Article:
U.S. health and wellness accounts for 20% of the GDP. Loup Funds’ Gene Munster expects that over the next two decades, Apple, Amazon, Alphabet, and Microsoft will play increasing roles in healthcare and will take sales from the industry’s massive addressable market.
Apple will stick to their hardware, software and services core competency and provide the device layer along with data storage. Notably, we don’t expect Apple’s Project Casper, a primary care program pioneered in 2016, to materialize.
Taking a closer look at Amazon and Apple: If each company could capture 2% of that annual spend, it would add $80B in yearly revenue today. Ten years from now, 2% of healthcare spend is more likely to be $125B. Factoring in that Amazon and Apple will likely grow at ~5% per year over the next ten years, Amazon’s revenue would likely increase by 13% and Apple’s by 20%. In short, wellness is a big enough market to move the needle for both tech giants…
Apple has a unique position to capture, protect and share health data. In a sense, Apple is the data platform and it wants physicians, providers and future patients to keep that in mind.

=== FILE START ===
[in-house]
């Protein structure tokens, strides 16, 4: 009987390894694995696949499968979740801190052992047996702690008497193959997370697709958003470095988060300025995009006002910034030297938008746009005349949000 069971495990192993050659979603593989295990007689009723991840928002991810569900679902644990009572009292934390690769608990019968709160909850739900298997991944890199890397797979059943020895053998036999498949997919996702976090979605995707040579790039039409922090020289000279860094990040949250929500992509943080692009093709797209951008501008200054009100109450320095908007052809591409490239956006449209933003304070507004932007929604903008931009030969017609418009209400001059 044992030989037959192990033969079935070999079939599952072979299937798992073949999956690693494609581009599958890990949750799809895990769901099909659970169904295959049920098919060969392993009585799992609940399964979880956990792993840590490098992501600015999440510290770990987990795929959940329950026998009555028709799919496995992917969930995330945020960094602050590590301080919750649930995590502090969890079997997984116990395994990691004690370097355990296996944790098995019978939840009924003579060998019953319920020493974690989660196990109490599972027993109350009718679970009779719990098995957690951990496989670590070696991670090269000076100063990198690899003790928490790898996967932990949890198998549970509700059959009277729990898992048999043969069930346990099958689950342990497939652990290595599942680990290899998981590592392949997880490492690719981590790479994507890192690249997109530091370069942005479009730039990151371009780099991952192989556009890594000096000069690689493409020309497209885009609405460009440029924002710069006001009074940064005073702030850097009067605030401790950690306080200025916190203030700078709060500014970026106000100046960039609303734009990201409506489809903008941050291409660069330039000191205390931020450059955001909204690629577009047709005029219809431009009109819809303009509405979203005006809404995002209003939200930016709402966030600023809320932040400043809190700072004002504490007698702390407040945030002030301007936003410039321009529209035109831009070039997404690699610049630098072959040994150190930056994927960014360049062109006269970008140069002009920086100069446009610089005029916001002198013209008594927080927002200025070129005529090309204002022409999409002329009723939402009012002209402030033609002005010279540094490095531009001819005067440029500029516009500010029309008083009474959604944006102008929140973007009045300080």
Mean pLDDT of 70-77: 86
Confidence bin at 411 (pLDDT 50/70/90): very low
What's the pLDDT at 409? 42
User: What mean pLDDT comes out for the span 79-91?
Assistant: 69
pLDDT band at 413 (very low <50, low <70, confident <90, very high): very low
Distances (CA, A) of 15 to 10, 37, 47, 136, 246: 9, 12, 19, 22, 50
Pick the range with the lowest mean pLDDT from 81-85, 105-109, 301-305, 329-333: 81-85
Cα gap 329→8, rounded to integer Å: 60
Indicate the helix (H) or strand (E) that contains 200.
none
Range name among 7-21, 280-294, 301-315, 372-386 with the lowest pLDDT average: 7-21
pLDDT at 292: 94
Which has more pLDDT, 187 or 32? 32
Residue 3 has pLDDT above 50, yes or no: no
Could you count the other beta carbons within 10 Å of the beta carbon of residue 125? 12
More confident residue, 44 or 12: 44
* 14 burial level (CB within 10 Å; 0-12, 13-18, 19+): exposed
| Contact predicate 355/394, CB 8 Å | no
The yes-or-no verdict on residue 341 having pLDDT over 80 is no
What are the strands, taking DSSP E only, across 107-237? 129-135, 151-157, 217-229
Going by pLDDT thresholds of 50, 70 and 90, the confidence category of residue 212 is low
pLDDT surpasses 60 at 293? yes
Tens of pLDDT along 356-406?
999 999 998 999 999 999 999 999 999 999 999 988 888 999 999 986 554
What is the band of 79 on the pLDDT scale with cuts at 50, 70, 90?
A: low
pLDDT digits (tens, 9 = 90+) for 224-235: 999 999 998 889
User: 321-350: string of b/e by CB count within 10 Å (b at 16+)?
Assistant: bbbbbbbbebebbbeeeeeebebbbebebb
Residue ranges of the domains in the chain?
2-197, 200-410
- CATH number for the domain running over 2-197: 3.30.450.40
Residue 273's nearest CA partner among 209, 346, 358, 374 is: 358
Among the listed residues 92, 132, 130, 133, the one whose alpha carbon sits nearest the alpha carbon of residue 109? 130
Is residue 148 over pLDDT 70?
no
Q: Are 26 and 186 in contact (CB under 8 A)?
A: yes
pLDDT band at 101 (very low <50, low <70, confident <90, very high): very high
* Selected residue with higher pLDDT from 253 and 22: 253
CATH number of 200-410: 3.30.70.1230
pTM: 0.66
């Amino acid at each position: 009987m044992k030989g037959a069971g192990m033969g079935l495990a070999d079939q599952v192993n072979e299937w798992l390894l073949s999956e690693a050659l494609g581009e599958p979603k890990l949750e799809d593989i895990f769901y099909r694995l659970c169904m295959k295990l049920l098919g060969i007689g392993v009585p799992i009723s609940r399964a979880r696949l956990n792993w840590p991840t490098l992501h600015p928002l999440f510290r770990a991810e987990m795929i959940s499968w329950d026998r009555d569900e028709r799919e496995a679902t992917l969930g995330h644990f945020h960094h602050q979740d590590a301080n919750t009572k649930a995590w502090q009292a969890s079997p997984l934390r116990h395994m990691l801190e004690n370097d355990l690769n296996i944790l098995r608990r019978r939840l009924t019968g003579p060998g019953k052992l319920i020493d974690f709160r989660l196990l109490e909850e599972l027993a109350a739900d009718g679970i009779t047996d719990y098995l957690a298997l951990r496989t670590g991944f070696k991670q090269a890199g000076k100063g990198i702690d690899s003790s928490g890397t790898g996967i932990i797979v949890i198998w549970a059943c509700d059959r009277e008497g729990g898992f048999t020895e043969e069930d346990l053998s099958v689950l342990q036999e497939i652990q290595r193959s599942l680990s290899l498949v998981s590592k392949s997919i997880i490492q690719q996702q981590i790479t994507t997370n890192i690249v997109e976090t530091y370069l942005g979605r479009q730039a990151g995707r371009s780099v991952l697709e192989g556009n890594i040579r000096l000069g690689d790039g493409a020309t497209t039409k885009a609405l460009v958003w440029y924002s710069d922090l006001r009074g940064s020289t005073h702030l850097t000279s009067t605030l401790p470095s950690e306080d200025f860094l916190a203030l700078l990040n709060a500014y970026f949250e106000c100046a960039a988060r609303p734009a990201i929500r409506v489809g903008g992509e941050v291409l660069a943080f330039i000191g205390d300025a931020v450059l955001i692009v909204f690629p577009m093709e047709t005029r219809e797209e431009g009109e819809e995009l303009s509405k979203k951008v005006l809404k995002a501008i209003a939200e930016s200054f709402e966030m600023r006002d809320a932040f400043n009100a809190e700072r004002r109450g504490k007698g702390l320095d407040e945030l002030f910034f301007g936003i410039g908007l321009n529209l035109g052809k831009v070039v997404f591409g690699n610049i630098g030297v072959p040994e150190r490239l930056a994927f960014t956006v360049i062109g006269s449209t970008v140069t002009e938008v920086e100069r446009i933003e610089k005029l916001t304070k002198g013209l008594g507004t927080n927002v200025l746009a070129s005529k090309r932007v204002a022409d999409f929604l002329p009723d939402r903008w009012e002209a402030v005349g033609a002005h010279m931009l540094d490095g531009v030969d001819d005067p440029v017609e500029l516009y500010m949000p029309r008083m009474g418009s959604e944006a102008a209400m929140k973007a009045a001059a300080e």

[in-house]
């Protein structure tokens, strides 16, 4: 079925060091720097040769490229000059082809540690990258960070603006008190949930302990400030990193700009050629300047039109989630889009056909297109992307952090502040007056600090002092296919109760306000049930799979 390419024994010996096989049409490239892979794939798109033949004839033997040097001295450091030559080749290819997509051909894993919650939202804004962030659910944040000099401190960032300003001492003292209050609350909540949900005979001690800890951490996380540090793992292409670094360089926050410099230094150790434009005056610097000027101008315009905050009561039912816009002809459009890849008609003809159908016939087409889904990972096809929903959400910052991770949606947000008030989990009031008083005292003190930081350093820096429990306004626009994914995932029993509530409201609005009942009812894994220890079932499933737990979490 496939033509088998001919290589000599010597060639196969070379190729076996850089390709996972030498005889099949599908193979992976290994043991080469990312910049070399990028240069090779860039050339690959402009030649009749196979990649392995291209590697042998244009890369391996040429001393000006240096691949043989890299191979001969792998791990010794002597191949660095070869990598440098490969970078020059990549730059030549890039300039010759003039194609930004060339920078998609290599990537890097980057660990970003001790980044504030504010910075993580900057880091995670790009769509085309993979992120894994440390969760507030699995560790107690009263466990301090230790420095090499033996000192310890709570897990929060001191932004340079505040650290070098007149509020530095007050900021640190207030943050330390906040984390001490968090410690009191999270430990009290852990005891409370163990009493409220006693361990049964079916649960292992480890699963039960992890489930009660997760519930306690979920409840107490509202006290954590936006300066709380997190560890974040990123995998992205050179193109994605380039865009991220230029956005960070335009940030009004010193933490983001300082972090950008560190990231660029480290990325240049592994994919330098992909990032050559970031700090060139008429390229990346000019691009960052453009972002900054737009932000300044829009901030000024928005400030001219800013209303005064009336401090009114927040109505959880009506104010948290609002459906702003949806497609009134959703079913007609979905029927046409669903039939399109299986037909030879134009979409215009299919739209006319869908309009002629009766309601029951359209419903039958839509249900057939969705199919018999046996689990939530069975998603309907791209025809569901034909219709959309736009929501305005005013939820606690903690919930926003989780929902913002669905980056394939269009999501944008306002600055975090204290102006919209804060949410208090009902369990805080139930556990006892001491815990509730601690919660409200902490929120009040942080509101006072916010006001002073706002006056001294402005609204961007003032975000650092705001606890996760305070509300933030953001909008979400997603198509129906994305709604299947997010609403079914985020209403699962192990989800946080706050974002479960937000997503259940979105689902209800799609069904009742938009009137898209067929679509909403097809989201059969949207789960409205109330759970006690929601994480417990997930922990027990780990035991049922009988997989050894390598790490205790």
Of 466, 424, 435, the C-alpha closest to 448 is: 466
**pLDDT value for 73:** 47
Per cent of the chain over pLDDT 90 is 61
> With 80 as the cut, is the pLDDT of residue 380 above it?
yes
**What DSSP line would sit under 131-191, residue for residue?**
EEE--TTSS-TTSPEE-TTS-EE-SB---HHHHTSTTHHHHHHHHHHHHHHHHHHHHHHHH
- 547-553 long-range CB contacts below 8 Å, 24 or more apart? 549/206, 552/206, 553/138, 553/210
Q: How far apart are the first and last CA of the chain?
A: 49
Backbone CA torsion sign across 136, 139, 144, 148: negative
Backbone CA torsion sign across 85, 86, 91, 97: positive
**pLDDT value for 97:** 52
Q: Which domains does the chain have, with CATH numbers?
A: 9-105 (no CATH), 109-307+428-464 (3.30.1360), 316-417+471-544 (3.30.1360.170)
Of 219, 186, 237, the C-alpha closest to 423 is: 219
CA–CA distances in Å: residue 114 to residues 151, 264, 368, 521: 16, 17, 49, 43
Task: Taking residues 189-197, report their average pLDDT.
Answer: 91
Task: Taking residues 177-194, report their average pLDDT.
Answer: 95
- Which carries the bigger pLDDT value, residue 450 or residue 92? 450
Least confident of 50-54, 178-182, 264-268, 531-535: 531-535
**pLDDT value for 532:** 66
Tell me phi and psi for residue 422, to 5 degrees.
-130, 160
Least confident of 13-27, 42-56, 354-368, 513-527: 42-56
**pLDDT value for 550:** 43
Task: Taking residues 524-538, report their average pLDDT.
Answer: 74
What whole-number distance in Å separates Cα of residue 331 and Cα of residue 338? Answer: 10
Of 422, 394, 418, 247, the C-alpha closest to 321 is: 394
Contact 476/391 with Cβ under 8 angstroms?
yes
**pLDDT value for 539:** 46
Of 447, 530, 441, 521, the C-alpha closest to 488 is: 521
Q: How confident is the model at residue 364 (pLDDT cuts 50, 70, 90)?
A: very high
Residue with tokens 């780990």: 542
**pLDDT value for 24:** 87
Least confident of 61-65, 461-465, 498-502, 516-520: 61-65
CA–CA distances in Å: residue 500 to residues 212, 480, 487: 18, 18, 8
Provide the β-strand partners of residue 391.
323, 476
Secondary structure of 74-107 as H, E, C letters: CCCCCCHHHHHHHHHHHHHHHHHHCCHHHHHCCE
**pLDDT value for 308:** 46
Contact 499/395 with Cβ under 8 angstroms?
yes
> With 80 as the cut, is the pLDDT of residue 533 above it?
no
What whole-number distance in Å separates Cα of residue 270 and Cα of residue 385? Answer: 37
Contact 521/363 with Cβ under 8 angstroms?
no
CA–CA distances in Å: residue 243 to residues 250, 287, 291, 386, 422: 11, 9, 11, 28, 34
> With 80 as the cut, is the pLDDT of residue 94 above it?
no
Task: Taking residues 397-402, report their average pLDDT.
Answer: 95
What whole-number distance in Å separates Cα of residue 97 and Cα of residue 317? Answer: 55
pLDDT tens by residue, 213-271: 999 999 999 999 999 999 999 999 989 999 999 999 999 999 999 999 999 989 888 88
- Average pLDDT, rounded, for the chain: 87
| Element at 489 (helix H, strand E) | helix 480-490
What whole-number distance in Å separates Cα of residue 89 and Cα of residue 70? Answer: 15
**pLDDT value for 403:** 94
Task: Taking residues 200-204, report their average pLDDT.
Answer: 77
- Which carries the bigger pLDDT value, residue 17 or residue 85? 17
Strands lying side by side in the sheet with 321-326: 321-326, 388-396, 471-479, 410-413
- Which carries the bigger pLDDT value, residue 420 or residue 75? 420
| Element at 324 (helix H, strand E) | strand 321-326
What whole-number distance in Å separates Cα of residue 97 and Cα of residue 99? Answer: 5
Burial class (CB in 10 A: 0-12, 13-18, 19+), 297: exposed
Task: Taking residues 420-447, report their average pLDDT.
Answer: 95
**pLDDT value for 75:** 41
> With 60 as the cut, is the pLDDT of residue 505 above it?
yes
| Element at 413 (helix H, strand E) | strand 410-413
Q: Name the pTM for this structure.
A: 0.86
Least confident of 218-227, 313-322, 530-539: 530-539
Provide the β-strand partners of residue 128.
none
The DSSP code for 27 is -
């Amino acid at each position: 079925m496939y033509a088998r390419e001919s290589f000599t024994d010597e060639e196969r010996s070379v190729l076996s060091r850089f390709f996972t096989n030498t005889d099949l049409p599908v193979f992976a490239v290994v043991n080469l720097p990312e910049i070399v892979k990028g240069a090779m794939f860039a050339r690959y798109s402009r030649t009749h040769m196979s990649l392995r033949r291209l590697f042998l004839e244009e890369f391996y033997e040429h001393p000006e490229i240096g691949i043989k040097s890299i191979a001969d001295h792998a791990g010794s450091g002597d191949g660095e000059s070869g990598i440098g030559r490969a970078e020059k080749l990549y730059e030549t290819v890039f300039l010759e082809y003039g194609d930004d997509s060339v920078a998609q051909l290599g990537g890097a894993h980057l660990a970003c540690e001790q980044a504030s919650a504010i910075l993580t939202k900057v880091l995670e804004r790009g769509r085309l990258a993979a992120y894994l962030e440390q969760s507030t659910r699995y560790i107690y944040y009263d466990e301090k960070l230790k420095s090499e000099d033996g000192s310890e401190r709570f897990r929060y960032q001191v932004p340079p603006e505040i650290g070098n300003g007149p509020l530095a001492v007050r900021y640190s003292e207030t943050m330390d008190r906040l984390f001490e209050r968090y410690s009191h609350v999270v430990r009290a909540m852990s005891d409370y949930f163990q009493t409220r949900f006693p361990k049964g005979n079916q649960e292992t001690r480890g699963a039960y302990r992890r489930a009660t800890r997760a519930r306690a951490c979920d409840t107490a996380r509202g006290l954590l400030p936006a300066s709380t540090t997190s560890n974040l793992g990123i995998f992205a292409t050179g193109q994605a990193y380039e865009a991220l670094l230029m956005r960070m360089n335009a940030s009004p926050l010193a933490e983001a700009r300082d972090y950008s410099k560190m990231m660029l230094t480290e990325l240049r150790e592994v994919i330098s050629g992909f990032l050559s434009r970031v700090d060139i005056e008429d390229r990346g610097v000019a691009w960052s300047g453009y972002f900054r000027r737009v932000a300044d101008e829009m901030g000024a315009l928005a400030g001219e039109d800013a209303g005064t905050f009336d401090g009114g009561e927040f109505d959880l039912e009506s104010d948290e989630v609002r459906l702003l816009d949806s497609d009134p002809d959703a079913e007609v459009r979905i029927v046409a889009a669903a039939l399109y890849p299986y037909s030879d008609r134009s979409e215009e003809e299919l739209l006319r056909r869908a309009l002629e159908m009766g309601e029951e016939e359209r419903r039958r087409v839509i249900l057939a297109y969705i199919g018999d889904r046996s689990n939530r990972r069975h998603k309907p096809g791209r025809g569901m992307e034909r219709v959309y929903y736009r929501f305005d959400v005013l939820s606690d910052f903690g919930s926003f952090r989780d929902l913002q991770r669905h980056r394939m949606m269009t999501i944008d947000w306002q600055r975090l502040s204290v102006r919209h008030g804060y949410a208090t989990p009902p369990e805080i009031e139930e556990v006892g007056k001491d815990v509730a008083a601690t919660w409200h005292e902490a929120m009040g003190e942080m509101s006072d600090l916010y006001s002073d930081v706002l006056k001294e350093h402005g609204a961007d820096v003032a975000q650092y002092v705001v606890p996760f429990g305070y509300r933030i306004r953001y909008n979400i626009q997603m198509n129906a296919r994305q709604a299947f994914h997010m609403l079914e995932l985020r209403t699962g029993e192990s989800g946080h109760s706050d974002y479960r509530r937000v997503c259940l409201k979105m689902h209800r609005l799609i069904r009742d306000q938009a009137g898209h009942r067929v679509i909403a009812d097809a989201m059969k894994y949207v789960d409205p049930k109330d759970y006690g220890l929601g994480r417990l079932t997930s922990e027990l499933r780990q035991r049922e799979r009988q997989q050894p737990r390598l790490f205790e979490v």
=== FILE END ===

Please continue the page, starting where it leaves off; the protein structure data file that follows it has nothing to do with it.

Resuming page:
MacDailyNews Take: No, we’re not trusting anything to do with our health to the likes of Microsoft.
Switching gears, the holy grail for Apple Watch is non-invasive continuous glucose monitoring.
Initially envisioned by the late Apple co-founder Steve Jobs, Apple engineers were tasked with developing sensors that can non-invasively and continuously monitor blood sugar levels to better treat diabetes. Before his death, Jobs envisioned wearable devices, like smartwatches, being used to monitor important vitals, such as oxygen levels, heart rate and blood glucose, as Christina Farr reported for CNBC back in 2017.
If achieved, Apple Watch would become the essential device for hundreds of millions of people with diabetes. Non-invasive continuous glucose monitoring would indeed be the holy grail for treating diabetes. – MacDailyNews, April 12, 2017
Back in 2013, EDN covered non-invasive blood glucose monitoring using near-infrared spectroscopy here.
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